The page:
2. Effort expectancy. How much time and energy will this purchase take?
  3. Performance expectancy. Will the product/service perform as expected?

In a typical omnichannel journey, a young person hears about you on social media, researches your website, goes to landing pages, comes to your store, and later follows up with a call.

The person likely asks themselves the following questions.

  • How innovative did this feel?
  • How much time and effort did it take?
  • How did the product/service perform compared to my expectations?

This omnichannel perspective reveals the true complexity of your customers’ journey. It can be hard to analyze. But with an overarching view to all your channels, it is possible. If you have a platform to observe how customers engage with your marketing, you have a better chance of improvement.

Put customers first by embracing simplicity.

Improvement should not be gratuitous. Transcending to “omni” should not be your business goal.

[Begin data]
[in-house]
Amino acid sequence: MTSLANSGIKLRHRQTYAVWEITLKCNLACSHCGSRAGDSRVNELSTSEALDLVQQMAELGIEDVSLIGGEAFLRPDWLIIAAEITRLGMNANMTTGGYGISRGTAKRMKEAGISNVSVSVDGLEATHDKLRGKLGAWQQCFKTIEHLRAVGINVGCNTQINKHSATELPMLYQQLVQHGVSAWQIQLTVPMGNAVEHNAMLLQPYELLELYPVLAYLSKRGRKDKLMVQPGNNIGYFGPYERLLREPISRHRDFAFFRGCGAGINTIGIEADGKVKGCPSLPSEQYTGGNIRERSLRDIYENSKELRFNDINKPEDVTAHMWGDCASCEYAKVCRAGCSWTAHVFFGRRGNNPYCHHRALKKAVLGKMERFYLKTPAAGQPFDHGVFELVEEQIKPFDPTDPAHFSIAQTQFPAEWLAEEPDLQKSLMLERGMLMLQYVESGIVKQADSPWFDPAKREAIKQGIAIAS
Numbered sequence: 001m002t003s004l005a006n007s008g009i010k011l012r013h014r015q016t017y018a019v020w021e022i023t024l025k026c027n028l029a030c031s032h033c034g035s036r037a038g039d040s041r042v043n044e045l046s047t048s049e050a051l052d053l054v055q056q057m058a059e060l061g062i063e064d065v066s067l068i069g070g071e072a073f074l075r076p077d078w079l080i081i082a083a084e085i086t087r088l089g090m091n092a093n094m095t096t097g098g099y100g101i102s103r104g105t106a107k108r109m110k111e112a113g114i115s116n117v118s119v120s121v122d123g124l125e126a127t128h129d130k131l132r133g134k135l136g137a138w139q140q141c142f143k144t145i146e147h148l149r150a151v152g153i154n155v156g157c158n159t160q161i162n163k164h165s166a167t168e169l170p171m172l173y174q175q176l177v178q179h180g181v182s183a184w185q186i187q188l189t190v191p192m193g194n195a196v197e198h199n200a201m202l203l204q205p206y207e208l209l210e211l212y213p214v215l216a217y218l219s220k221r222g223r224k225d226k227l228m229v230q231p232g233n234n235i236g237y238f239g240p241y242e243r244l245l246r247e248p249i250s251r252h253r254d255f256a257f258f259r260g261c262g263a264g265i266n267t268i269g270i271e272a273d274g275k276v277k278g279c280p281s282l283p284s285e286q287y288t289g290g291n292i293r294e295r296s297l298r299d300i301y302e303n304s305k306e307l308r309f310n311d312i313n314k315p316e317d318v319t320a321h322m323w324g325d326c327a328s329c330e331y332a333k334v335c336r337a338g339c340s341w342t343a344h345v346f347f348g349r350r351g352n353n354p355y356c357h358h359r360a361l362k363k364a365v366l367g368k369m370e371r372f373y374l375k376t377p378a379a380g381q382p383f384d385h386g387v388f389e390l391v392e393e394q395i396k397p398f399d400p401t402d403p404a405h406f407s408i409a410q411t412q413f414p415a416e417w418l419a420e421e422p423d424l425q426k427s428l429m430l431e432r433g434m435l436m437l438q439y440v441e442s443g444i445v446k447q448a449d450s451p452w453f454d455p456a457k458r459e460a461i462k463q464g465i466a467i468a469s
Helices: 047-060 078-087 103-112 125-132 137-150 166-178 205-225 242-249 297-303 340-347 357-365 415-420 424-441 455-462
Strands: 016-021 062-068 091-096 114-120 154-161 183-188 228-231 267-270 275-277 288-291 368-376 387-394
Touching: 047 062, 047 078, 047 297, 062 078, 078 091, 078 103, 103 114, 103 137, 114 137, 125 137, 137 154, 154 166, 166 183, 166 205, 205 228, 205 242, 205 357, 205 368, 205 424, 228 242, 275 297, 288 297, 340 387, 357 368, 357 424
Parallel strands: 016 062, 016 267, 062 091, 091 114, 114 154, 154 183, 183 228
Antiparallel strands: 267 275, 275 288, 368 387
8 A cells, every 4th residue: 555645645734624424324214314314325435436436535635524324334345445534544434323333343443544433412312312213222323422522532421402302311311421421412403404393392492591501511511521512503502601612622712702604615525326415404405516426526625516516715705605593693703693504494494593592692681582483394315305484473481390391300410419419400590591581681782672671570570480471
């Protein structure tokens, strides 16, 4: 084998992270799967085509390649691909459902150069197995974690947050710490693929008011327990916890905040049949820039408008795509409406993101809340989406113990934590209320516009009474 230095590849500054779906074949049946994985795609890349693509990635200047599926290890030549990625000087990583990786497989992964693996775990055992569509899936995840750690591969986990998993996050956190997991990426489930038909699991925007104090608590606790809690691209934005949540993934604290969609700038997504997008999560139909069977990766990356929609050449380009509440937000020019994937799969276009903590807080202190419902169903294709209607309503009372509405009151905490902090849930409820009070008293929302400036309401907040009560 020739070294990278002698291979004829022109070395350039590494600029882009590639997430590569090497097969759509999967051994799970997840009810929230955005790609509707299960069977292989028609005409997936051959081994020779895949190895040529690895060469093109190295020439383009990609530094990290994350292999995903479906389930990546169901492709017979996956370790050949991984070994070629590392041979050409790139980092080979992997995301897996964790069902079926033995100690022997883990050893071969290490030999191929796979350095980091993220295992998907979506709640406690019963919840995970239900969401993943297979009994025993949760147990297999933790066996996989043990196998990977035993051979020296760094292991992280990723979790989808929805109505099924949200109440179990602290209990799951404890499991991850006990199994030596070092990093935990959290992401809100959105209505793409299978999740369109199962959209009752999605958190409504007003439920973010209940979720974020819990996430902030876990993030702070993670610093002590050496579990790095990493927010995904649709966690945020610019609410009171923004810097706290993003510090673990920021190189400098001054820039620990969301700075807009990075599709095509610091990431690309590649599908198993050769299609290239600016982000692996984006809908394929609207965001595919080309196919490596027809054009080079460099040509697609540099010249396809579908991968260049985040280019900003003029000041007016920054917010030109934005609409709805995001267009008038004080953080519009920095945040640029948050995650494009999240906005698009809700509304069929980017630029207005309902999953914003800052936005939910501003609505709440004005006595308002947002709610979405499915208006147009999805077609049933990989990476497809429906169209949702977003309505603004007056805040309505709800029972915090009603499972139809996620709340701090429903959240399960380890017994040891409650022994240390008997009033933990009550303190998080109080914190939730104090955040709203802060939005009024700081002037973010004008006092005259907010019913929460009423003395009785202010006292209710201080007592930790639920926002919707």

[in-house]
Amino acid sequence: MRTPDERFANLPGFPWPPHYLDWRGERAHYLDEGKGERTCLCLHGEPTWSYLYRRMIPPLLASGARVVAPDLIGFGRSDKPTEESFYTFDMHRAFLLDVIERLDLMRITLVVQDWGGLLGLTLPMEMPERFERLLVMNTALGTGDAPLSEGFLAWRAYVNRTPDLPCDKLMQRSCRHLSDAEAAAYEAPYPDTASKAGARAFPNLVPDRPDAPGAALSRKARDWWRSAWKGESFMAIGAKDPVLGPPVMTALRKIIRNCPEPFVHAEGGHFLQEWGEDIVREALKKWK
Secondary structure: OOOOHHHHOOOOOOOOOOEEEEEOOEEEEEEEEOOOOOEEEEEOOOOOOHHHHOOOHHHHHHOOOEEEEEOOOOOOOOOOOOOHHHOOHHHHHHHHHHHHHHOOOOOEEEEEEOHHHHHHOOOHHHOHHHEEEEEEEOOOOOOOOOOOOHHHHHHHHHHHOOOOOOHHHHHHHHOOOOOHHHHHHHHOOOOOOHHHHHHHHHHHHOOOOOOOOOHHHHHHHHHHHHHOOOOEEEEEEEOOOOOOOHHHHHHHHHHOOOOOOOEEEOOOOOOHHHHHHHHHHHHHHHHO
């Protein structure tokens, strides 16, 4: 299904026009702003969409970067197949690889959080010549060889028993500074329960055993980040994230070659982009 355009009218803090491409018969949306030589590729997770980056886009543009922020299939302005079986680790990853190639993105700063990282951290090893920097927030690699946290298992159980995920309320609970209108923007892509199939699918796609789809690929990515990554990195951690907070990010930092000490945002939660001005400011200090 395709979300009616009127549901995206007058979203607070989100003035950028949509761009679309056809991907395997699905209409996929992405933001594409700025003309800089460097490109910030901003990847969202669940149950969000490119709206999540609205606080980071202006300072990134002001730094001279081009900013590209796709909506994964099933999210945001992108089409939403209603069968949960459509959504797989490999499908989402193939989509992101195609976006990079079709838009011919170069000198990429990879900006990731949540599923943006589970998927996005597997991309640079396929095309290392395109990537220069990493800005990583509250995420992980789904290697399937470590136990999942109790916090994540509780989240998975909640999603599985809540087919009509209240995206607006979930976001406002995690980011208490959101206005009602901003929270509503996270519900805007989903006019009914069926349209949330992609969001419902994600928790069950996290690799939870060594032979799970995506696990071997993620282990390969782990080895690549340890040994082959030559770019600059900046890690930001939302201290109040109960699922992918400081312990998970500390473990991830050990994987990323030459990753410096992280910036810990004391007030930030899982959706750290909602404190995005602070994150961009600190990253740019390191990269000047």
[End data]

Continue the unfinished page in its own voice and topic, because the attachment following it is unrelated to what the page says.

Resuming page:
Buyers won’t understand jargon like “omni” or “channels” and “touchpoints.” It’s best to focus on what the buyer wants.

Above all, buyers want sympathy and support. They want clear and authentic content. It must meet them where they are. It must present a competitive advantage.

By using omnichannel strategy and technologies, you can further refine the basic selling fundamentals, such as in-person meetings. These are already proven to work. You don't need to reinvent the wheel.

Simplicity is best. Sixty-four percent of buyers are more likely to recommend a brand that delivers simple experiences.

Being simple is one way to remove a barrier between you and the buyer. The more barriers you remove in sales, the better your results will be.

Get real results from an omnichannel outlook.

Omnichannel is here, and companies are enjoying the financial benefits. You can, too.

Triptych is an omnichannel solution. It can help coordinate all your buyer journeys into a well-oiled marketing machine. Easy to use, with real-time business data, Triptych can get your sales team enabled and aligned with marketing.

Schedule a demo to learn more about omnichannel marketing for your business.